Panama Papers scandal: What was the reaction in Russia?

Hand Pulling Cash from Envelope

Even though most Russian newspapers wrote about the discovery of the Panama offshore bank accounts belonging to politicians and businessmen close to Vladimir Putin, public reaction to the scandal was rather muted. Russians exchanged jokes and comments about the information policy of the main Russian TV channels, which, unlike the newspapers, did not report on the scandalous leak.

(Russia Beyond the Headlines – – YEKATERINA SINELSCHIKOVA, RBTH – April 7, 2016)

The publication of the so-called Panama Papers on April 3 may have been the largest leak in the history of world journalism, but in Russia – despite the inclusion of several of the country’s elite in the documents – it did not have the sensational impact it had elsewhere, partly because the population had already been warned about the publication of the revelations.

Presidential press secretary Dmitry Peskov announced the upcoming “information leak” a week in advance, explaining that the Kremlin had understood that the exposé was coming due to the questions that journalists had been asking.

The offshore scandal, following an investigation carried out by the International Consortium of Investigative Journalists (ICIJ), was the result of the leak of about 11.5 million documents from the Panamanian law firm Mossac Fonseca and involves government officials from Iceland, the UK, Ukraine, Azerbaijan and other countries.

Part of the report is dedicated to 12 Russian politicians and businessmen with close ties to Russian President Vladimir Putin who allegedly have $2 billion stashed in offshore accounts in Panama.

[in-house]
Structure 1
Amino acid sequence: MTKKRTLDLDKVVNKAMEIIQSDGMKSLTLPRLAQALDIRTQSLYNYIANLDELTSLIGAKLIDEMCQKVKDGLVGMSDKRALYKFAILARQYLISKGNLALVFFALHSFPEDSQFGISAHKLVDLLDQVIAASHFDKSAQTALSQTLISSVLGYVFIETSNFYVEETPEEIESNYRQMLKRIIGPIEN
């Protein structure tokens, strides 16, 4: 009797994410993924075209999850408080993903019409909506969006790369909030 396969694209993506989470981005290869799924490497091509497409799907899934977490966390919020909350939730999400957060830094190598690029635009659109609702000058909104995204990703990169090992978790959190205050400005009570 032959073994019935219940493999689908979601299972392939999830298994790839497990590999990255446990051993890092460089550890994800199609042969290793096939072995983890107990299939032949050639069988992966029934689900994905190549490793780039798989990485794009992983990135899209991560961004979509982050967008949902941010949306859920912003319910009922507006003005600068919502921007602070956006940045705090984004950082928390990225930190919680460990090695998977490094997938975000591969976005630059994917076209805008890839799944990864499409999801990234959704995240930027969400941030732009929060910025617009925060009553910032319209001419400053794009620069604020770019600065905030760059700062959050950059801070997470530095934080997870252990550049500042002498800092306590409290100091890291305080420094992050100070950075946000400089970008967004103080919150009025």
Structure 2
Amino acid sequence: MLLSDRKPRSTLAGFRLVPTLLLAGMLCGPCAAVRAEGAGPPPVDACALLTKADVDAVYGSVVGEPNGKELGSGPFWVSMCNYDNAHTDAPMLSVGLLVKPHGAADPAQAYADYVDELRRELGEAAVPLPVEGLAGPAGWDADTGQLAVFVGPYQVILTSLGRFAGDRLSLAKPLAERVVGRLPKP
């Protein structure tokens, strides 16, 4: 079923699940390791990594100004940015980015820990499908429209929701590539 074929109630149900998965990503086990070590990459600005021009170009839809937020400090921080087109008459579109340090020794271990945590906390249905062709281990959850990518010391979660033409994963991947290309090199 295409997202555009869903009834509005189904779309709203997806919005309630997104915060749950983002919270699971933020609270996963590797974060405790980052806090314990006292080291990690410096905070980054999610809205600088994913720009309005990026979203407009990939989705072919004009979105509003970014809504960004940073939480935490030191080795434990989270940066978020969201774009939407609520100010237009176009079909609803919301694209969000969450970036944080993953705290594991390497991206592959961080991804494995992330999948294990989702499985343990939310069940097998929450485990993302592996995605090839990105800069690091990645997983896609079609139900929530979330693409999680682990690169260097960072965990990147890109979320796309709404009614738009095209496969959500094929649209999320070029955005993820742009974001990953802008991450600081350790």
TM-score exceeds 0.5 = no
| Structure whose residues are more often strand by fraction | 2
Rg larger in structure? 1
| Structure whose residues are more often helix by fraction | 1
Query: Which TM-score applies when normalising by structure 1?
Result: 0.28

What’s in the news?

Liberal opposition newspaper Novaya Gazeta, which was part of the ICIJ and participated in the investigation, published an entire special project devoted to the revelations on April 3, while Russia’s leading newspaper, the business daily Kommersant, published an article on the scandal that included some information about the Russians involved.

On April 4, Kommersant published a more detailed article, beginning with Dmitry Peskov’s dismissal of the revelations. Peskov claimed the Kremlin is “disillusioned with investigative journalism” and expected “more qualified work” from an international consortium.

Similar articles were published in other newspapers, excluding state-owned publications.

State-owned TV channels mostly shifted the focus onto the investigation into Ukrainian President Petro Poroshenko and his Panamanian company, which holds the assets of the Roshen confectionery company. On the subject of the Russian part of the investigation, however, they claimed that the report had what they described as an “anti-Russian” character.

State TV channel Perviy Kanal also quoted Peskov: “Even though the report mentions other countries and other leaders, for us it is obvious that the main target of these attacks is our president. Especially in the context of the upcoming parliamentary election and the presidential elections in two years.”

This reaction was deemed insufficient by Russian opposition politicians, and State Duma Deputy Dmitry Gudkov asked TV bosses to explain why they had not talked about the investigation in full.